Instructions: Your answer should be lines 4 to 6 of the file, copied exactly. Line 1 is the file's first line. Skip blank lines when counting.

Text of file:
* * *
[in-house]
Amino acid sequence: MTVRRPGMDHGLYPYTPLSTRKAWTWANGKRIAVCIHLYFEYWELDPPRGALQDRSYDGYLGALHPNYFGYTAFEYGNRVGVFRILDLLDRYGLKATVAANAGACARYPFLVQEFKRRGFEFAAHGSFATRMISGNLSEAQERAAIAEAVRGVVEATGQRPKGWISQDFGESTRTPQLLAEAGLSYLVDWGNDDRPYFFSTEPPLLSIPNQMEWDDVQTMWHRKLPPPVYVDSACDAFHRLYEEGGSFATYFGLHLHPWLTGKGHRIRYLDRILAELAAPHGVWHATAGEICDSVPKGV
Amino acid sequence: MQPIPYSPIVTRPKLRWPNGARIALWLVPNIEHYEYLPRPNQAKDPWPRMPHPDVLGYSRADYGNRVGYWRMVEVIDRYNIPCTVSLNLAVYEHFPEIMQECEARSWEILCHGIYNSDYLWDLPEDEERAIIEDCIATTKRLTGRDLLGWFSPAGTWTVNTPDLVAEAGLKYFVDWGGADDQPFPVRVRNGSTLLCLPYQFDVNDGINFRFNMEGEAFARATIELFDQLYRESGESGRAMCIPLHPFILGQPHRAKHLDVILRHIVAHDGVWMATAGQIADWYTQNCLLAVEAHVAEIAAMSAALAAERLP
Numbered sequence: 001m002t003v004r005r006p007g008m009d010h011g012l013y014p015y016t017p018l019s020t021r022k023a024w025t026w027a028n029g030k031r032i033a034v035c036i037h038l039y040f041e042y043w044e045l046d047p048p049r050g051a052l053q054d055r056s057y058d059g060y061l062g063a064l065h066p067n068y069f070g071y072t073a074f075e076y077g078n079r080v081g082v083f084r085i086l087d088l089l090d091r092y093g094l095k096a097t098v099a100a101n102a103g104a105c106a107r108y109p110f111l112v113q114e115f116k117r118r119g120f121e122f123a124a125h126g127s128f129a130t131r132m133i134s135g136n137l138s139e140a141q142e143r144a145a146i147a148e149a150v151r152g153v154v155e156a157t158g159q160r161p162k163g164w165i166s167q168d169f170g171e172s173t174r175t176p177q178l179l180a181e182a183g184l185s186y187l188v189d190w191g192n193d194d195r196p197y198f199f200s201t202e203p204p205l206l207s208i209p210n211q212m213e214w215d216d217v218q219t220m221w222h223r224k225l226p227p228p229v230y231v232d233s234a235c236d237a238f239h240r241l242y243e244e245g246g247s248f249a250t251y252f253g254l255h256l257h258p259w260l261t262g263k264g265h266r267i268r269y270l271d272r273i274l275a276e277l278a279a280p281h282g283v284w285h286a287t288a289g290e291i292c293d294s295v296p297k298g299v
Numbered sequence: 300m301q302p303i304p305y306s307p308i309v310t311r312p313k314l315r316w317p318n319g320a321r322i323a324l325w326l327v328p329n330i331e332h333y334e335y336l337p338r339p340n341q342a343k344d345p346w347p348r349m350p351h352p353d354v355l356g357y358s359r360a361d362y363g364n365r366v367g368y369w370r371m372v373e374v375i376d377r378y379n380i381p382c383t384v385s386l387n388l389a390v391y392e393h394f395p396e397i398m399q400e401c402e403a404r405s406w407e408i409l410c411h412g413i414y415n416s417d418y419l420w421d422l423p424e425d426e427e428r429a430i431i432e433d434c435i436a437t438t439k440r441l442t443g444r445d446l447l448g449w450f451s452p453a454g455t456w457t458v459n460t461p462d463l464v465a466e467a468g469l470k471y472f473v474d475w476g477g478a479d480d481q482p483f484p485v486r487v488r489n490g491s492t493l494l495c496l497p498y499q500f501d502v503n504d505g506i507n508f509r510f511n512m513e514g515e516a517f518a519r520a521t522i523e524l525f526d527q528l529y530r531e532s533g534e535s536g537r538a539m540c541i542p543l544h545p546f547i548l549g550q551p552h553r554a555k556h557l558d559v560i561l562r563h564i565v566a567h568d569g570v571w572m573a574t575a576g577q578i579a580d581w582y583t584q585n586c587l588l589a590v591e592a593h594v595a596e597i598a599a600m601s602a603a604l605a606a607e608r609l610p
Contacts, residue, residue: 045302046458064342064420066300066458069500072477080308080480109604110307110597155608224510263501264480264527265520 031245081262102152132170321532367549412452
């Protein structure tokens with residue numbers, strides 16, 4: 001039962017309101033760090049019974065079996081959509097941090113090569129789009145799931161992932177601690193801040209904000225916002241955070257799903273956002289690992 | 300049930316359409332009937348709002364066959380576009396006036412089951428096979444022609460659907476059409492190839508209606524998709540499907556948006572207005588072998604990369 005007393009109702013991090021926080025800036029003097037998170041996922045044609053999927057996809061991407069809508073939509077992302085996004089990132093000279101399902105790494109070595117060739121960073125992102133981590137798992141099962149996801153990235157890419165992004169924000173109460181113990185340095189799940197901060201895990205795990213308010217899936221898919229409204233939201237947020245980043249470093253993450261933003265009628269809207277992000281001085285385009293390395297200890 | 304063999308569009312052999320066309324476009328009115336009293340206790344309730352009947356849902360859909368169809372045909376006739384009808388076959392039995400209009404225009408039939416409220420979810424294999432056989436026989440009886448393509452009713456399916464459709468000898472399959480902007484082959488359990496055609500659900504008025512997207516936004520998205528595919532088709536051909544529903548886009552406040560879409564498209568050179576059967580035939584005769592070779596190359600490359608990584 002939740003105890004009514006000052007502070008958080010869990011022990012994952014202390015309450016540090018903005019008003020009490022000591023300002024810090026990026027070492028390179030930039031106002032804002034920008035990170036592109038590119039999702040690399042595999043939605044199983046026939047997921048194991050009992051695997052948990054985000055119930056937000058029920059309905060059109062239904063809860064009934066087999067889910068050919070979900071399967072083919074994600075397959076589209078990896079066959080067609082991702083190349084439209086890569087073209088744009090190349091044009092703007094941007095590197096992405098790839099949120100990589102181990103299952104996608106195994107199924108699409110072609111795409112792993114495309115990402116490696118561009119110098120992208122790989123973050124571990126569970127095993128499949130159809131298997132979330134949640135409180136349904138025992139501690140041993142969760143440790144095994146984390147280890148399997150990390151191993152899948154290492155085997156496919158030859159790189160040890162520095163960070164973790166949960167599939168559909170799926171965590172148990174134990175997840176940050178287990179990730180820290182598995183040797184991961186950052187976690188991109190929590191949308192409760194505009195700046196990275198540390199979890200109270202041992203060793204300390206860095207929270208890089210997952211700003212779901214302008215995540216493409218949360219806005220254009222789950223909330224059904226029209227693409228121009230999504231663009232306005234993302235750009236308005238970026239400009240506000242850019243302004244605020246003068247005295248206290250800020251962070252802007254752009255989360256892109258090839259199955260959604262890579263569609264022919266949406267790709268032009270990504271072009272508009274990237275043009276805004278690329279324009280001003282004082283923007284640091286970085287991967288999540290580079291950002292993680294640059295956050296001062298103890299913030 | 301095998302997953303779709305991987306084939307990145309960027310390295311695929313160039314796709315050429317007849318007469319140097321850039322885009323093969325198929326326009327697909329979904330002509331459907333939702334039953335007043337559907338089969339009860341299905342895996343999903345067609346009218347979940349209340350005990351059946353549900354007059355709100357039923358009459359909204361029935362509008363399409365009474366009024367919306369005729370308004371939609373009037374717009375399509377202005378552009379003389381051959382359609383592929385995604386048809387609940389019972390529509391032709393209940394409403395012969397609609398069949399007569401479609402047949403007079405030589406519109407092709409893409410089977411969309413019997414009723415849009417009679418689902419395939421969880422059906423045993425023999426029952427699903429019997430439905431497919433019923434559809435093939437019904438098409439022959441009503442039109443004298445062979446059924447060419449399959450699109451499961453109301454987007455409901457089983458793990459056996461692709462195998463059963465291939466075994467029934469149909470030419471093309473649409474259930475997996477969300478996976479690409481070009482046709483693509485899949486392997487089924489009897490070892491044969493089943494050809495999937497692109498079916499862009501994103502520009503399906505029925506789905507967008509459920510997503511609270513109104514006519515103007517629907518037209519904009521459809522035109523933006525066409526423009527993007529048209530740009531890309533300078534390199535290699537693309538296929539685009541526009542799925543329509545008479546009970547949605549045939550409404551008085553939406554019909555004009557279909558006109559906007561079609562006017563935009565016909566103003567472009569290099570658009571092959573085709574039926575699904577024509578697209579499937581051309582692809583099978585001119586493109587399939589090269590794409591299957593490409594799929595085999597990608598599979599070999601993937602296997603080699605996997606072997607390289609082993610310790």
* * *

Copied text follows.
Numbered sequence: 001m002t003v004r005r006p007g008m009d010h011g012l013y014p015y016t017p018l019s020t021r022k023a024w025t026w027a028n029g030k031r032i033a034v035c036i037h038l039y040f041e042y043w044e045l046d047p048p049r050g051a052l053q054d055r056s057y058d059g060y061l062g063a064l065h066p067n068y069f070g071y072t073a074f075e076y077g078n079r080v081g082v083f084r085i086l087d088l089l090d091r092y093g094l095k096a097t098v099a100a101n102a103g104a105c106a107r108y109p110f111l112v113q114e115f116k117r118r119g120f121e122f123a124a125h126g127s128f129a130t131r132m133i134s135g136n137l138s139e140a141q142e143r144a145a146i147a148e149a150v151r152g153v154v155e156a157t158g159q160r161p162k163g164w165i166s167q168d169f170g171e172s173t174r175t176p177q178l179l180a181e182a183g184l185s186y187l188v189d190w191g192n193d194d195r196p197y198f199f200s201t202e203p204p205l206l207s208i209p210n211q212m213e214w215d216d217v218q219t220m221w222h223r224k225l226p227p228p229v230y231v232d233s234a235c236d237a238f239h240r241l242y243e244e245g246g247s248f249a250t251y252f253g254l255h256l257h258p259w260l261t262g263k264g265h266r267i268r269y270l271d272r273i274l275a276e277l278a279a280p281h282g283v284w285h286a287t288a289g290e291i292c293d294s295v296p297k298g299v
Numbered sequence: 300m301q302p303i304p305y306s307p308i309v310t311r312p313k314l315r316w317p318n319g320a321r322i323a324l325w326l327v328p329n330i331e332h333y334e335y336l337p338r339p340n341q342a343k344d345p346w347p348r349m350p351h352p353d354v355l356g357y358s359r360a361d362y363g364n365r366v367g368y369w370r371m372v373e374v375i376d377r378y379n380i381p382c383t384v385s386l387n388l389a390v391y392e393h394f395p396e397i398m399q400e401c402e403a404r405s406w407e408i409l410c411h412g413i414y415n416s417d418y419l420w421d422l423p424e425d426e427e428r429a430i431i432e433d434c435i436a437t438t439k440r441l442t443g444r445d446l447l448g449w450f451s452p453a454g455t456w457t458v459n460t461p462d463l464v465a466e467a468g469l470k471y472f473v474d475w476g477g478a479d480d481q482p483f484p485v486r487v488r489n490g491s492t493l494l495c496l497p498y499q500f501d502v503n504d505g506i507n508f509r510f511n512m513e514g515e516a517f518a519r520a521t522i523e524l525f526d527q528l529y530r531e532s533g534e535s536g537r538a539m540c541i542p543l544h545p546f547i548l549g550q551p552h553r554a555k556h557l558d559v560i561l562r563h564i565v566a567h568d569g570v571w572m573a574t575a576g577q578i579a580d581w582y583t584q585n586c587l588l589a590v591e592a593h594v595a596e597i598a599a600m601s602a603a604l605a606a607e608r609l610p
Contacts, residue, residue: 045302046458064342064420066300066458069500072477080308080480109604110307110597155608224510263501264480264527265520 031245081262102152132170321532367549412452